How to Talk to Your Partner About Drinking

Helping your loved one while taking care of yourself

If the amount of alcohol your partner drinks worries you, you may want to talk to them about it but not know what to say. It can be hard to know how to bring it up without making them too upset or offended. 

If this sounds like you, know you’re not the only one. In England, there are an estimated 602,391 dependent drinkers. 24% of adults in England and Scotland regularly drink over the Chief Medical Officer’s low-risk guidelines. 

This article gives you some ideas on how to talk to your partner about their drinking problem and some signs that they might have a problem. 

Telltale Signs That Your Partner Drinks Too Much

Based on the Diagnostic and Statistical Manual of Mental Disorders, Fifth Edition (DSM-5), here are some signs that your partner may have an alcohol problem:

  • People who are addicted to alcohol have strong urges to drink, drink more alcohol, or stay drunk longer than they planned, spend a lot of time drinking or recovering from the effects of alcohol
  • choose to drink over other activities or miss out on things because they’re recovering from the effects of alcohol, try to stop drinking or cut down on their alcohol intake but fail, and need more alcohol to get the same effects.
  • Putting themselves in dangerous situations while or after drinking, like driving drunk
  • Experiencing depression, anxiety, memory loss, or other health problems because of drinking
  • Going through withdrawal symptoms when not drinking, like shaking, trouble sleeping, headaches, restlessness, anxiety, or nausea
  • Continuing to drink even though it hurts their family, friends, or work

Criteria for Diagnosis

A doctor can tell if your partner has an alcohol use disorder and how bad it is by looking at how many of these symptoms they have had in the last year:

• Mild alcohol use disorder: two to three signs

• Moderate alcohol use disorder: four to five signs

• Difficulty with alcohol: 6 or more symptoms

How Can You Talk to Your Partner About Their Drinking? 

Here are some ideas:

Practise what you’re going to say: Before you talk to your partner about their drinking, it can help to write down what you want to say and practise it with a friend or by yourself.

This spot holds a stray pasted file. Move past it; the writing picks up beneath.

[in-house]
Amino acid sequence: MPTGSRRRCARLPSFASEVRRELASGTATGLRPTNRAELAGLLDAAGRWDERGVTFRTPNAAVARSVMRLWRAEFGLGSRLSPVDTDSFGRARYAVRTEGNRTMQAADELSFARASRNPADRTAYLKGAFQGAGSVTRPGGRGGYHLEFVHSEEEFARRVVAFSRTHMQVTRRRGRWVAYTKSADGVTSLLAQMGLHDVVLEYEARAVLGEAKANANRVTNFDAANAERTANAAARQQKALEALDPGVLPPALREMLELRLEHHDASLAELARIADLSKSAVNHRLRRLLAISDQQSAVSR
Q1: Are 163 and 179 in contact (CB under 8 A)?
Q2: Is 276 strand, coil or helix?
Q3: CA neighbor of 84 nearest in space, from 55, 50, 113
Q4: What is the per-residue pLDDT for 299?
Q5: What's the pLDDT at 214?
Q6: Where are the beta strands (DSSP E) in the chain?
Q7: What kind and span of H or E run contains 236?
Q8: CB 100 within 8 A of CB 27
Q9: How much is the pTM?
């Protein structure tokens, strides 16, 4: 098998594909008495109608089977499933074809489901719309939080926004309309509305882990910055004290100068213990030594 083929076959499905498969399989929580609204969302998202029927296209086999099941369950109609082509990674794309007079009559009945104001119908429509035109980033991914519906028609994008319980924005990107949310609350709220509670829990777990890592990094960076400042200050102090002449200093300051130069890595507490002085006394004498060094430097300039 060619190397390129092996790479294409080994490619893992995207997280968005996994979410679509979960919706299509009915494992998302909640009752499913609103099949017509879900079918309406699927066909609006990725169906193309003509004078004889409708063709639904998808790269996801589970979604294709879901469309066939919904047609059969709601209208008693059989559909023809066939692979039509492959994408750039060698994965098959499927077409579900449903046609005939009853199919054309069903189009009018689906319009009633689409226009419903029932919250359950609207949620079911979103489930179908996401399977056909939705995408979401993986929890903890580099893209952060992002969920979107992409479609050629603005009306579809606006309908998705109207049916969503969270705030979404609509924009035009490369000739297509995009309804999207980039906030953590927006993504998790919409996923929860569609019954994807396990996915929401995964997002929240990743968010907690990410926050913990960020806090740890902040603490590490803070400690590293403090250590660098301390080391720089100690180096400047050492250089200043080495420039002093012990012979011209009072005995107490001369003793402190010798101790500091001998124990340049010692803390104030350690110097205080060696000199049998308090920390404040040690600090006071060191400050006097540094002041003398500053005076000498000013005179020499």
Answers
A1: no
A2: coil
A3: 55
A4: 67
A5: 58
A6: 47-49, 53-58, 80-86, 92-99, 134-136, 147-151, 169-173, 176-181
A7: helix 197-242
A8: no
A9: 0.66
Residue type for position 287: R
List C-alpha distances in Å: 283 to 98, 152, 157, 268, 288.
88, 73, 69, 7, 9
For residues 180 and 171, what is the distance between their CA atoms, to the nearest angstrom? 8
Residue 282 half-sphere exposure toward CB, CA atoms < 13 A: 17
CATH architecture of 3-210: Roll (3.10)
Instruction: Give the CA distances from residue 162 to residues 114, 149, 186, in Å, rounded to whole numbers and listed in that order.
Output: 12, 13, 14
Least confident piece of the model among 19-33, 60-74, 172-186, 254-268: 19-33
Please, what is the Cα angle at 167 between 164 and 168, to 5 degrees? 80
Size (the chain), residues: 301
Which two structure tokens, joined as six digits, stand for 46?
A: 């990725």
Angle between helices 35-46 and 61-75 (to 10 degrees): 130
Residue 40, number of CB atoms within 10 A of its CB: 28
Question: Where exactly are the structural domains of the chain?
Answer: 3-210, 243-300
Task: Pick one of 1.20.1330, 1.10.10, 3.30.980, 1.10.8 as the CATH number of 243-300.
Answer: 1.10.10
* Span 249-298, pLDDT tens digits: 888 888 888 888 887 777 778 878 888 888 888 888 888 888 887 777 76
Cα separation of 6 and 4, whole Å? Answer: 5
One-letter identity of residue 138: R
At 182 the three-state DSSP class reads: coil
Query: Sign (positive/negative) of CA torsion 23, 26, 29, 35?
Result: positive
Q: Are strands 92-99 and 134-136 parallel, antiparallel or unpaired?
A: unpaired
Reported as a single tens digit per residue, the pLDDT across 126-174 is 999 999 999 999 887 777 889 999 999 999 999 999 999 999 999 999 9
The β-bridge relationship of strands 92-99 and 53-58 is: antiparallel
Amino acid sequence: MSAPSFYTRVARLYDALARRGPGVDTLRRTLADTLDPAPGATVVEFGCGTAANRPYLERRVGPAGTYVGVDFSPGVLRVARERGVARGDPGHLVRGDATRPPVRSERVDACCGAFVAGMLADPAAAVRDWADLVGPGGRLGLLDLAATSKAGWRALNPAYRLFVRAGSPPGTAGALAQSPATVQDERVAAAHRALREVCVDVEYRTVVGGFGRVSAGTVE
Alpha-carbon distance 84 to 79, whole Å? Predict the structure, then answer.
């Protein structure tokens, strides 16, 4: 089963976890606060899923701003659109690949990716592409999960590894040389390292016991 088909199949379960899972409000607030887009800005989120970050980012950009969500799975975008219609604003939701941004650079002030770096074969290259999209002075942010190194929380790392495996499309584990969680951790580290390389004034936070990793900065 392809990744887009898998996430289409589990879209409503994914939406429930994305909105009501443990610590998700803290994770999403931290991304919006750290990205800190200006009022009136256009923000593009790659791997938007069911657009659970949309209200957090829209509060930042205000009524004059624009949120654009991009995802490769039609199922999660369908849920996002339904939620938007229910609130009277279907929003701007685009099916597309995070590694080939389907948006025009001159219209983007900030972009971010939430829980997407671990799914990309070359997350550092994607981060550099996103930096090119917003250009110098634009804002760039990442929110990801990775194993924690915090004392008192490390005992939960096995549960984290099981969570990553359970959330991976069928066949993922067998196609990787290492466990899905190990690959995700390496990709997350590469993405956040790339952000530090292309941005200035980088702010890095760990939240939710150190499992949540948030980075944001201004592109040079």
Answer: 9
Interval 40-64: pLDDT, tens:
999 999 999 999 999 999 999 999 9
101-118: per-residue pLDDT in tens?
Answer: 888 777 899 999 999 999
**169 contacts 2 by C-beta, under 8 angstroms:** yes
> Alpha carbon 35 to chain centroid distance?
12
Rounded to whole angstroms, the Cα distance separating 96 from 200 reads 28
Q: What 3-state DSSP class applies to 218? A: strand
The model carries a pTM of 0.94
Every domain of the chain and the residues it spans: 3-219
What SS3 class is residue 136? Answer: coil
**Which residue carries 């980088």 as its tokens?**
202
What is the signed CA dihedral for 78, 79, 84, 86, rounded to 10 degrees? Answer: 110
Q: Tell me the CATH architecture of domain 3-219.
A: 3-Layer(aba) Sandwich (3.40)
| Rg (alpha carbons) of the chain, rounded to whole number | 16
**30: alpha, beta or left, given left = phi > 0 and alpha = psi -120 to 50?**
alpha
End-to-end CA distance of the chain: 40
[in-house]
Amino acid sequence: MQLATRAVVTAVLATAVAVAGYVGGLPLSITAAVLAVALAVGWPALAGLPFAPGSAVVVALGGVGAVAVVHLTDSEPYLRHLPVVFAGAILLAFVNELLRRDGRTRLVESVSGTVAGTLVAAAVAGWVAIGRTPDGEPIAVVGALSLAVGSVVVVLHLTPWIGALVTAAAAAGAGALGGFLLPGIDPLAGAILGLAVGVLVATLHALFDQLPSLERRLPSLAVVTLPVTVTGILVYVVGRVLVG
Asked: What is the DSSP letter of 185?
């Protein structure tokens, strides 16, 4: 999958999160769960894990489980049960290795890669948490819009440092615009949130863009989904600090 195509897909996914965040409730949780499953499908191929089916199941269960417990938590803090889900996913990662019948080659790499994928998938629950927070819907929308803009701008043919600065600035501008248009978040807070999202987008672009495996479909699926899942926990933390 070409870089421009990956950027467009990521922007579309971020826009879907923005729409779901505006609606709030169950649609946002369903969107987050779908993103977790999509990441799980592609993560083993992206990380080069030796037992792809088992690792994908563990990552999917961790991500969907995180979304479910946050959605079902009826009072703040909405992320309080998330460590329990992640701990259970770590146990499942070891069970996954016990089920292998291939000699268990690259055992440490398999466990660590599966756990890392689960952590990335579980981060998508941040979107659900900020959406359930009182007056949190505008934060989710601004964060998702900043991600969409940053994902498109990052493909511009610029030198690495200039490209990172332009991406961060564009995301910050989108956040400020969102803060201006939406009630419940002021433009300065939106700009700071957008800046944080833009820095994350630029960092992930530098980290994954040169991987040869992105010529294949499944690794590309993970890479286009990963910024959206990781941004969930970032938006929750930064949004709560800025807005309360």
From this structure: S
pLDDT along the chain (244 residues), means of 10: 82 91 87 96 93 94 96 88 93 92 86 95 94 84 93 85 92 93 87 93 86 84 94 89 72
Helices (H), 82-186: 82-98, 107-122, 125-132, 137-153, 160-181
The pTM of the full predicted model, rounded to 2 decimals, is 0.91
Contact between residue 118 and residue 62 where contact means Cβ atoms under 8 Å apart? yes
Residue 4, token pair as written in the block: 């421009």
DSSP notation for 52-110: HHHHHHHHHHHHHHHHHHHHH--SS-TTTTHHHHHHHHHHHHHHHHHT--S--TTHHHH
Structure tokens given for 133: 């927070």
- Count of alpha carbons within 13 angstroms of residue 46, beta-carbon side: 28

Pick the right time: When you’re not stressed or upset. It’s important that neither of you is drunk or high when you have this conversation. Electronics like TVs and cell phones should be turned off or removed so they don’t get in the way.

Photo by Andrik Langfield on Unsplash

Talk about your worries: Talk to your partner about what you have seen. These observations need to be recent and clear. Please explain why you’re worried. Pay attention to what your partner has to say.

You should expect resistance: If your partner has been thinking the same things, they might be willing to listen to you and try to change how they act. If you don’t, they might get defensive and refuse to talk to you. A study from 2021 says that people often don’t realise how much they drink and don’t see it as a problem. Tell your partner you care about them and will be there for them if they need you.

Put together a plan: Make a plan with your partner. The plan needs to be clear and easy to measure. One example is making plans with your partner about how many days a week they will drink or how many drinks they will have on each occasion.

Plan activities that involve alcohol: Once you and your partner have talked about it, try to stick to the plan you made together. Making plans can be helpful, especially around holidays or other events where alcohol might be present. 

Instead of drinking, look for other things to do: Do things with your friends that don’t involve drinking, like going to the movies, having a game night or cooking dinner together.

Take alcohol out of the house: This can also help your partner drink less.

Avoid making assumptions: It’s important not to be rude or critical during this conversation. Labels like “alcoholic” can be hurtful and make them feel bad about their drinking, so try not to use them.

The last and most important thing you can do is encourage your partner to talk to an addiction treatment specialist about their drinking.

Seeing your partner have difficulty can make you feel frustrated or hopeless. Being positive and helpful can help people talk to each other in a way that leads to change.

How to Look After Yourself

It can be hard and stressful to be with a partner who might have an alcohol use disorder. According to several studies and as observed by therapists at AddictionsUK, partners of people who have an alcohol use disorder often go through a lot of physical, mental, and social trauma.

There may be times when you feel like there are two people in your partner: the sober and the drunk version. You might enjoy being with your partner when they’re not drunk, but when they are, you might feel stressed, worried, scared, or angry.

Photo by Annie Spratt on Unsplash

You might even find that you have to take on more and more responsibility because they can’t. You might get mad and upset at your partner because of this.

Now is the time to think about your health and emotional well-being.

A mental health professional can be a great way to get support and figure out how to handle tough situations. If your partner or family member drinks too much, joining a support group can help you deal with this difficult situation. These groups offer understanding, advice, and other tools. 

A home service for withdrawal management is a good step toward your partner’s recovery.

Also, it’s important to reach out and get help if you ever feel unsafe.

If you or a loved one is struggling with an addiction issue, call Freephone at 0800 140 4044

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